Are we repeating the mistakes we made during the Celtic Tiger?

IS ANYONE else getting uneasy?
Are we repeating the mistakes we made during the Celtic Tiger?

The party is in full swing in the country. There is laughter and clinking of glasses. No one’s eating breakfast any more. It has to be brunch. And you can’t just get a sausage sandwich. You have to try the Eggs Complicationale. It’s not served on a plate, it’s served on the repurposed hub-cap of an Opel Kadett. Speaking of driving, there are lads driving jeeps again who shouldn’t be driving jeeps.

People are talking about our new economic miracle. Things are looking good. Our growth is the fastest in Europe. Remember when that happened before. We used to tell the Germans what to do.

But if you’ve watched any soap opera — especially EastEnders — or The Walking Dead, you may just now be getting the Heeby-Jeebies. Whenever the characters appear to have finally come through some difficulty and are just experiencing happiness, that’s when the pub goes on fire or the truck drives through the window of the school.

Something is not quite right. Step out of the party for a second. Wander in the cooling night air, out past the haggart and look across the landscape. On the face of it, everything looks fine. But what’s that? Was that a screech of a bird? Was there a rustling in the forest?

Maybe you imagined it. C’mon back inside. A man is showing the group a photo of the lowest fuel price they’ve seen so far. To paraphrase Prince, we think we’re gonna party like diesel’s Ninety-Nine Point Nine.

I look at the low oil price and wonder if it’s too good to be true. It’s like getting the last table in the full restaurant. You can’t understand why no one has snaffled it before now. Until you sit there and realise there’s a draft hitting you in the neck.

But out in the forest, the rustles are getting louder. The stock-markets are going mad. China’s in trouble, they say. And they have the kinds of scale that would swallow us up. We have ghost-estates. They have ghost-cities. We have five million people in total. They have 15 million teachers.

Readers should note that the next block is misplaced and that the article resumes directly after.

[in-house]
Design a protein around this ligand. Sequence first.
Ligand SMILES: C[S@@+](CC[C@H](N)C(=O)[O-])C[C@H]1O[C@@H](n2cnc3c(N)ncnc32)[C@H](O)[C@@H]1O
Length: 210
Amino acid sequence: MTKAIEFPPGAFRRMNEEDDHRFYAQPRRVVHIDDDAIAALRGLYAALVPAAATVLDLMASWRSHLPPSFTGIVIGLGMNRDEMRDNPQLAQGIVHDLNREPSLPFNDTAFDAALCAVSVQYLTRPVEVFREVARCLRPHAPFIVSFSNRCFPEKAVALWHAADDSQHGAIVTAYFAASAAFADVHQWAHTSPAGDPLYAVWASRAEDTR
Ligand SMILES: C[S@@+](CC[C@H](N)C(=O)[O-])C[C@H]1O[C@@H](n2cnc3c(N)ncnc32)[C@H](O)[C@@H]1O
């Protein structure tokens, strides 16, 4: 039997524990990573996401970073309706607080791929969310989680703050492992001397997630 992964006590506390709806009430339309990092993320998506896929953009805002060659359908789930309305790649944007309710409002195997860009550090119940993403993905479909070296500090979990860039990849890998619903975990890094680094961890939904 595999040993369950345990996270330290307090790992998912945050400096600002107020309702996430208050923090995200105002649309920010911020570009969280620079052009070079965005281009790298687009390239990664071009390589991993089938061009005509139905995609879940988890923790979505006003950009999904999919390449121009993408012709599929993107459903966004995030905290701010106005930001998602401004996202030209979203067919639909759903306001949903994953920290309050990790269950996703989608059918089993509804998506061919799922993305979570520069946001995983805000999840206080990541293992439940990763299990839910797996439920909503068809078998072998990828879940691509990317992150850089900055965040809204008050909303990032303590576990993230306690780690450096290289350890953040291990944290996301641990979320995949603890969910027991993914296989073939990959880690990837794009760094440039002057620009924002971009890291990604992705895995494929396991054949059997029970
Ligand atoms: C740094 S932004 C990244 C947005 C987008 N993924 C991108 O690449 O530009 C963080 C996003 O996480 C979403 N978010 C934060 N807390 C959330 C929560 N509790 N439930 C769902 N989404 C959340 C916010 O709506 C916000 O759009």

The upcoming election isn’t helping matters. Politicians won’t get much votes telling people on the doorsteps about China’s credit bubble before someone will politely interrupt and say … “yes but about the funding for this new swimming pool?”

The last election was different because you could have driven through the gates, across the lawn, kicked the dog, insulted the children and urinated on the mat, and if your leaflet said “Not Fianna Fáil”, you would still have got a fair hearing.

Now people want some payback so no one’s going to tell them any different. It’s back to the normal elections. The last election before that was 2007 — the year of taking your eye off the ball. We were distracted by Bertie telling a tribunal how a Finance Minister wouldn’t have a bank account and everyone was laughing at him in the way people laugh at a child who’s just gotten sick on the new couch. So no one noticed the forest at the end of the back-garden was on fire.

And after that we said — never again. We won’t get caught out by the next bust. The government spent ages telling anyone who would listen that they would be measured in their approach to the recovery.

But a government at an election are like brand new parents. Before the birth they promised they would be reasoned and calm. Now they will say and do anything to keep us happy in the short-term.

There’s that sound coming from the forest again. Does anyone want to go out and see what it is?

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